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MC’s undergraduate strength provides pathway to PA Program

Marietta College alumni who are first-year Physician Assistant students (from left to right): Annastashia Carpenter, Denise Jacoby, Talitha Hochstetler, Cantor Schott, Parker Dinan, Natalie Chase and Alexis Enochs. (Photo provided)

For students aspiring to become physician assistants, Marietta College offers an unparalleled path to success. The College’s strong undergraduate programs in Health Science, Biology, and Biochemistry provide a robust foundation, seamlessly paving the way for admittance and success in the esteemed master’s program in Physician Assistant studies.

“The undergraduate experience at Marietta prepared me because it tested me almost as much as this program has,” said Parker Dinan ’23, PA’25 (Nashport, Ohio). “The classes and professors in the program and the Biochemistry Department want the best for us, but they make sure we work for it as well. The relationship with professors is also very similar, and that is something very important to me.”

For Cantor Schott ’23, PA’25 (Caldwell, Ohio), his undergraduate experience helped in many ways, including the depth of material he took and specific courses such as Anatomy, Physiology and Cell Biology, to name a few.

“Coming in with a base understanding of these topics really helped me get ahead,” Schott said. “Second, the work ethic that was instilled in me during my undergraduate career has allowed me to manage the heavy workload in the PA program. These include skills like time management, organization, study skills, and many more.”

The proof is in the numbers: of the 38 students currently thriving in the first year of Marietta’s Physician Assistant graduate program, seven hail from the College’s undergraduate ranks. These standout alumni were meticulously prepared through a rigorous yet supportive curriculum, equipping them with the knowledge, skills, and resilience to excel in this demanding field.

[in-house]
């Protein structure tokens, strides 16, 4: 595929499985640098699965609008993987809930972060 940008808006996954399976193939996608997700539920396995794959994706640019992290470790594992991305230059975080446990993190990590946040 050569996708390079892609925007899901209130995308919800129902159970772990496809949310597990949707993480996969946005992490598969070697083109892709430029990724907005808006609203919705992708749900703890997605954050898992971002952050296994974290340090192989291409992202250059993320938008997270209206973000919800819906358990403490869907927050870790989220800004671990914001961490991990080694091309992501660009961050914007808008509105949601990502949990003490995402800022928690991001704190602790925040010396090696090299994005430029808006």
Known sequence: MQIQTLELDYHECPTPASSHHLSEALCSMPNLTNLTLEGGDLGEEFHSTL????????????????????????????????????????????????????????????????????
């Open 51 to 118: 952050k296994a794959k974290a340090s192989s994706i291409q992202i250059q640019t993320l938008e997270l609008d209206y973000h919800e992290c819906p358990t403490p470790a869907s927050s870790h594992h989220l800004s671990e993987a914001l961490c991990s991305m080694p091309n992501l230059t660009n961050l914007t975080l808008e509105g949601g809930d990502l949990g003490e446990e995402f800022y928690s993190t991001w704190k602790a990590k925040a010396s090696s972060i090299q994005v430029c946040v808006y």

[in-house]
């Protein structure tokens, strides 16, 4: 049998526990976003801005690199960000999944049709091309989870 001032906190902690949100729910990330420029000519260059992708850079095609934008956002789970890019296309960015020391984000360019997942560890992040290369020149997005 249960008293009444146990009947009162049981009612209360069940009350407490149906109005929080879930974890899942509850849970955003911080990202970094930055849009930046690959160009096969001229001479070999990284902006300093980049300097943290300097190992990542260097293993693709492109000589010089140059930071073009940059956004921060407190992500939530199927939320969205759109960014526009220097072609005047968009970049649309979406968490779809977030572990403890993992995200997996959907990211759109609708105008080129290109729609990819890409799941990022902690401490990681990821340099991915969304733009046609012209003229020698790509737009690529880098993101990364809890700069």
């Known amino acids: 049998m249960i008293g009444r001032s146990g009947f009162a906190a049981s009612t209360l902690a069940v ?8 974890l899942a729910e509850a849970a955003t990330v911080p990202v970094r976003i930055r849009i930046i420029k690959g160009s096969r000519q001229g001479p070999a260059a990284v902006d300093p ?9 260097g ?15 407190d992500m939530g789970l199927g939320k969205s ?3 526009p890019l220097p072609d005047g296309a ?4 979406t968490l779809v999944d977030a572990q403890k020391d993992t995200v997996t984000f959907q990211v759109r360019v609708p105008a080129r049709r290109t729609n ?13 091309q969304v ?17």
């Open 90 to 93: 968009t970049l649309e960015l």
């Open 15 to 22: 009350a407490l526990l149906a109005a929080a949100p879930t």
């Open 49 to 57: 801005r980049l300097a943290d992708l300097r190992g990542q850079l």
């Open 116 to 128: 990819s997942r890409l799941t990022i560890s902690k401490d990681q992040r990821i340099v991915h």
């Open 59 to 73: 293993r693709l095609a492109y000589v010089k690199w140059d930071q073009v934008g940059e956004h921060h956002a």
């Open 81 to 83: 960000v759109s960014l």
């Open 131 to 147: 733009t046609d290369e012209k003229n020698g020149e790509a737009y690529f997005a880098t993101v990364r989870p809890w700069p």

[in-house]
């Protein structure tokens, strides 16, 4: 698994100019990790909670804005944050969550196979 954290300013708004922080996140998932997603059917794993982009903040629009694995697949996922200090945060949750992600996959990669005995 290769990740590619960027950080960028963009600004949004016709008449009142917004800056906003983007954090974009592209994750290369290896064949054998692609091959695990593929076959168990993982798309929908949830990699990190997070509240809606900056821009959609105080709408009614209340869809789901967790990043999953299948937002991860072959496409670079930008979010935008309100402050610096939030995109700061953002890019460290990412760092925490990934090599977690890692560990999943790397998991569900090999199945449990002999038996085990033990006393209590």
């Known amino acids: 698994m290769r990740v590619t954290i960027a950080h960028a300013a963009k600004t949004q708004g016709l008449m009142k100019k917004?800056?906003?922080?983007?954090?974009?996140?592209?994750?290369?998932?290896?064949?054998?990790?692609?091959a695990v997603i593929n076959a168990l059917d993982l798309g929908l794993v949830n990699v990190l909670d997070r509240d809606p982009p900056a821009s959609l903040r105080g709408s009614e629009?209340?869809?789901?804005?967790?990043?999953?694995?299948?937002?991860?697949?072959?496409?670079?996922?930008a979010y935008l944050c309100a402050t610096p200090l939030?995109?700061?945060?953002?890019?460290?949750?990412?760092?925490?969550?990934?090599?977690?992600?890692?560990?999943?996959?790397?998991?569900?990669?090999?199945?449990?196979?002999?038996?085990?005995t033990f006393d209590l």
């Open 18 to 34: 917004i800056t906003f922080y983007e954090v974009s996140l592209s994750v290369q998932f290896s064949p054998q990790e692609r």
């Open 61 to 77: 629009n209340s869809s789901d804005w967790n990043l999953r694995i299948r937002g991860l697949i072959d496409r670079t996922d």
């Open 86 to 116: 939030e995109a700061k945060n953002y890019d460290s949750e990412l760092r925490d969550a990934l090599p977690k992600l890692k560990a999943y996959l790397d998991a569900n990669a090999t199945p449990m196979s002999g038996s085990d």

Six of the students – Annastashia Carpenter ’23, PA’25 (Barnesville, Ohio), Natalie Chase ’23, PA’25 (Richfield, Ohio), Alexis Enochs ’20, PA’25 (Beverly, Ohio), Talitha Hochstetler ’23, PA’25 (Lancaster, Ohio), Dinan, and Schott – earned bachelor’s degrees from Marietta. Denise Jacoby PA’25 (Marietta, Ohio) took a handful of science and math classes at Marietta to be better prepared for the PA Program.

“As an undergraduate student years ago, I never really understood chemistry,” said Jacoby, who graduated from Ohio Northern University. “I did the work and regurgitated the information, but I was never able to comprehend the significance of it. This time around, however, I understood the content of the courses, and if I had questions, the faculty at Marietta were available to help me. I think the ability to have Zoom office hours with the faculty also played a pivotal role in my ability to talk with the faculty about my questions.”

Enochs, who earned a Bachelor of Science in Athletic Training, didn’t go straight into the program. She believes working at a local hospital has benefited her as a PA student.